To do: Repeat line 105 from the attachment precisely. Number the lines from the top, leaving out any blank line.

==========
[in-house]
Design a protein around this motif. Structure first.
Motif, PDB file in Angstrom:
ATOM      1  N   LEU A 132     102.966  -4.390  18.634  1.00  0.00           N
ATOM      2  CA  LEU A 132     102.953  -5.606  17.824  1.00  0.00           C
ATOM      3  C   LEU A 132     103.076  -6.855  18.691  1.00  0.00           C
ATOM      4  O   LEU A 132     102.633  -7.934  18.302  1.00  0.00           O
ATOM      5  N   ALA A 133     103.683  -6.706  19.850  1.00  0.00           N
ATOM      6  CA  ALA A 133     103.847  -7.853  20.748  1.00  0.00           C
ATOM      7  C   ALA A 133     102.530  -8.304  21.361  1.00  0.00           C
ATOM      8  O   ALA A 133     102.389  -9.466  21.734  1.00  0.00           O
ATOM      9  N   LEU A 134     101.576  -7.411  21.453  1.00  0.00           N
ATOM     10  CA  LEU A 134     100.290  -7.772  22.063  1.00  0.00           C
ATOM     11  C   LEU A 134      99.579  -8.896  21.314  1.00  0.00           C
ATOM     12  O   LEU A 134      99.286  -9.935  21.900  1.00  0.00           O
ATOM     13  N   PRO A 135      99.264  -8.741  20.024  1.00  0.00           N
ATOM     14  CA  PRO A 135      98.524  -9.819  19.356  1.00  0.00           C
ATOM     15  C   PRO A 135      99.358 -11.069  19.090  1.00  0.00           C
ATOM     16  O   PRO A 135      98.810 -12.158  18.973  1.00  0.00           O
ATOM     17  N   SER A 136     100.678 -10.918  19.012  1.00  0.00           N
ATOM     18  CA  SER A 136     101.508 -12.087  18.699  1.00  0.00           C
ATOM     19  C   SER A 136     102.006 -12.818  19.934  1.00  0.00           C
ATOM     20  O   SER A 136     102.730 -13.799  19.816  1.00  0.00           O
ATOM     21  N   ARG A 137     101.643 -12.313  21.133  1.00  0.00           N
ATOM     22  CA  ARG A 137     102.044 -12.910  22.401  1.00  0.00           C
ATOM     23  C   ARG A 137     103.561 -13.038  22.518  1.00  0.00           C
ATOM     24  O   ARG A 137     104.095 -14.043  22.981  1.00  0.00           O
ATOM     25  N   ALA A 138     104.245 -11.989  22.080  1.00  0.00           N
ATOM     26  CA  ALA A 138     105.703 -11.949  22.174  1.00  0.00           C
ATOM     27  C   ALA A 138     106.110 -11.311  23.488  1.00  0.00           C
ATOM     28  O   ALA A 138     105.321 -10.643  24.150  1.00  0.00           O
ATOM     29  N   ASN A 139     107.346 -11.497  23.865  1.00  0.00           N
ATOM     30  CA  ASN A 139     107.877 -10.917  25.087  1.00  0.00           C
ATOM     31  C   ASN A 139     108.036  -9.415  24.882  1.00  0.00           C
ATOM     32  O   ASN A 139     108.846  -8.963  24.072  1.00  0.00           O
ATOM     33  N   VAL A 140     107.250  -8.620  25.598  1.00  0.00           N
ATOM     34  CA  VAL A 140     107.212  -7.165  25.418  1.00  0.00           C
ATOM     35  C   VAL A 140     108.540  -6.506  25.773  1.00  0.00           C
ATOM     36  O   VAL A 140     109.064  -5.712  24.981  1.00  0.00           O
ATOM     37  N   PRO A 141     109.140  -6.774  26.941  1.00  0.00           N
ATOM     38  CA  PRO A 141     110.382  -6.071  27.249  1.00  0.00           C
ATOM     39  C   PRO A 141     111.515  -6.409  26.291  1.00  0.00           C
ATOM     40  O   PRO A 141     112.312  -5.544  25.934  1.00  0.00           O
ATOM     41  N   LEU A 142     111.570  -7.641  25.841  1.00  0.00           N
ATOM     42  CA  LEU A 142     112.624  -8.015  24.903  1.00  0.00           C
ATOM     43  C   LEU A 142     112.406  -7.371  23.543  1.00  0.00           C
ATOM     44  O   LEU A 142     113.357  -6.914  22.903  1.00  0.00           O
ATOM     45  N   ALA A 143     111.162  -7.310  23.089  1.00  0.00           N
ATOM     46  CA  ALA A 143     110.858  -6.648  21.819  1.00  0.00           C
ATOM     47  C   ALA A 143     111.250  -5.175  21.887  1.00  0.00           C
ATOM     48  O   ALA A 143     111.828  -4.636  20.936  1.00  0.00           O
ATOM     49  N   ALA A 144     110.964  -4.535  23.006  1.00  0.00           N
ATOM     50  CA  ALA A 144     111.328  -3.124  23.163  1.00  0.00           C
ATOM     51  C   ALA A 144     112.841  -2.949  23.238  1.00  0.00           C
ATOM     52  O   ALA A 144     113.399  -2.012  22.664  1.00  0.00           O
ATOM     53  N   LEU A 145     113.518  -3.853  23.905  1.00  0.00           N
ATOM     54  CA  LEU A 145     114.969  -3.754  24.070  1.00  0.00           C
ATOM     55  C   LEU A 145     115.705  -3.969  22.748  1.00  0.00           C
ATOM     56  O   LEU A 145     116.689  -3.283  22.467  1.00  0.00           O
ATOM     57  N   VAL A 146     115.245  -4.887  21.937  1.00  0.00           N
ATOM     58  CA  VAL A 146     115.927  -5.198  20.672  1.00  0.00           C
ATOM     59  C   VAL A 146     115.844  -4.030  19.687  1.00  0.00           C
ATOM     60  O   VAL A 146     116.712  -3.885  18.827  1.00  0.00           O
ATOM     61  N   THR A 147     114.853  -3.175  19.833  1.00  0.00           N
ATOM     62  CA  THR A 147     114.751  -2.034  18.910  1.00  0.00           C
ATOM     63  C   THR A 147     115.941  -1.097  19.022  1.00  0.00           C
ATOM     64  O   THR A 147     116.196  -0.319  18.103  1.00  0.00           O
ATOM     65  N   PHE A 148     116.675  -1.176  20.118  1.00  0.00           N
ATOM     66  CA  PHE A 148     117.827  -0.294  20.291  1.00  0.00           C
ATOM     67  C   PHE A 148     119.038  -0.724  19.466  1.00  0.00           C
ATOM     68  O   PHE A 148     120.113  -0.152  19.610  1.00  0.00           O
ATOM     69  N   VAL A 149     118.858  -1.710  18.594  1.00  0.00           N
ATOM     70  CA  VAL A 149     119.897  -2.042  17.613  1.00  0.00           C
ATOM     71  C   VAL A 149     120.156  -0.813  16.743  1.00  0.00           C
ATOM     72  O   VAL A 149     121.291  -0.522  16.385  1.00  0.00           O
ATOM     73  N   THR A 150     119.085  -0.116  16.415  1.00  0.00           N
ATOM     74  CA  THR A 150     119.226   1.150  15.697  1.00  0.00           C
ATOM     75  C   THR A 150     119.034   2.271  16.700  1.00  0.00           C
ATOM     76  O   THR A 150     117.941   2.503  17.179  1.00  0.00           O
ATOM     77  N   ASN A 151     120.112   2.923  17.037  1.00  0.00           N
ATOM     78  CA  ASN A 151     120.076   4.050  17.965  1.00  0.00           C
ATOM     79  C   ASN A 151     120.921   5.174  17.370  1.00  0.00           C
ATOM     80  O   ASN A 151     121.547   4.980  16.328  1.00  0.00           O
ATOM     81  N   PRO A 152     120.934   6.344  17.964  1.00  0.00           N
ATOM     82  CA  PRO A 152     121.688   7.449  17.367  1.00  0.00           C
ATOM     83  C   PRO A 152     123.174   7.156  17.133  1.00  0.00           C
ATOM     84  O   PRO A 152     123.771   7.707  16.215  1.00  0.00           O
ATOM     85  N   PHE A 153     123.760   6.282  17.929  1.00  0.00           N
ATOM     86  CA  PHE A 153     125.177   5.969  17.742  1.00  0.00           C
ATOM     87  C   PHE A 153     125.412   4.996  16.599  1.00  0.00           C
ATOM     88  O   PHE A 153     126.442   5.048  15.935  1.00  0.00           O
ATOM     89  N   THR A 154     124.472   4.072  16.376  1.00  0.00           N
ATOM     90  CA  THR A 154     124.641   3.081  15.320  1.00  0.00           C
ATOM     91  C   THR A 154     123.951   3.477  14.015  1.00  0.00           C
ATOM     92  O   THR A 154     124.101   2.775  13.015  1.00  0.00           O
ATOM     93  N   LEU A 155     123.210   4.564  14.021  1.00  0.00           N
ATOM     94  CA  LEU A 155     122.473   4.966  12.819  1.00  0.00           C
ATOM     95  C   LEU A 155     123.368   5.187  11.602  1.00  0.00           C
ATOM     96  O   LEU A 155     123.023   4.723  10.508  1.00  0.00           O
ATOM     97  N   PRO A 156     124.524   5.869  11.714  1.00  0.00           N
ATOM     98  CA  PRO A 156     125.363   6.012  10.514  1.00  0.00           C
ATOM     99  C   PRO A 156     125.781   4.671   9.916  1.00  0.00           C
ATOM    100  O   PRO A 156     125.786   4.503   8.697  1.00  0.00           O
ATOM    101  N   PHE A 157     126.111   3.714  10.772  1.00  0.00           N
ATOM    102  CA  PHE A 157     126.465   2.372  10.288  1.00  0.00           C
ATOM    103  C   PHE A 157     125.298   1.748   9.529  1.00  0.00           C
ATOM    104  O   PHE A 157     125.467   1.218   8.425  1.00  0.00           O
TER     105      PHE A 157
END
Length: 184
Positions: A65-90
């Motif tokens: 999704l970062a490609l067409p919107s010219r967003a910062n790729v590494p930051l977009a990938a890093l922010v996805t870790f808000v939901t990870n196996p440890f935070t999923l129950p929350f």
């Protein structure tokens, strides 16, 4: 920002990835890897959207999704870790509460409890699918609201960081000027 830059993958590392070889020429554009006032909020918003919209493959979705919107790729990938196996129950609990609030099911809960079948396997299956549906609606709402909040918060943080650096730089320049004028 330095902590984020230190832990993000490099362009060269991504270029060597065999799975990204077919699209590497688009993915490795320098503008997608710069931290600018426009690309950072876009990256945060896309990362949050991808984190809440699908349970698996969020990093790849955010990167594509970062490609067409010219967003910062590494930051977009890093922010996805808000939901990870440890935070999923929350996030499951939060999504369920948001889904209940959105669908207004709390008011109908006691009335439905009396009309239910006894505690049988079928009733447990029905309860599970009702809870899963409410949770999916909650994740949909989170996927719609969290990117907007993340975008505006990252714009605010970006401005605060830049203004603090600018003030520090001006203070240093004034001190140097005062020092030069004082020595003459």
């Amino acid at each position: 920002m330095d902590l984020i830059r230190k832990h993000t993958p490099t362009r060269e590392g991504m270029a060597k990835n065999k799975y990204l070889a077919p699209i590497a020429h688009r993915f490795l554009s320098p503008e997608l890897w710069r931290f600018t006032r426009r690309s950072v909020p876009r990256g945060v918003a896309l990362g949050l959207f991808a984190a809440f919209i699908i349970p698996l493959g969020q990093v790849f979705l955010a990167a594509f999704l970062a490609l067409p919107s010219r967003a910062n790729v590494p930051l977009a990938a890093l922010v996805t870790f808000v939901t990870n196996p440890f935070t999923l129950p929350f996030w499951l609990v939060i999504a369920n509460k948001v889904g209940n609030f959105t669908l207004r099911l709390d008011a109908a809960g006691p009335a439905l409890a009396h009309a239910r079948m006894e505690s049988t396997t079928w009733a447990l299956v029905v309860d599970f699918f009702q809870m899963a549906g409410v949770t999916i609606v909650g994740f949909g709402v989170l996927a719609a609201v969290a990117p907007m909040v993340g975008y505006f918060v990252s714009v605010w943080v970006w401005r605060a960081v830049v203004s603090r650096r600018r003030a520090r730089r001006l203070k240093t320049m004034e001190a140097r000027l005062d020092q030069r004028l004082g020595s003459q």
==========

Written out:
ATOM    102  CA  PHE A 157     126.465   2.372  10.288  1.00  0.00           C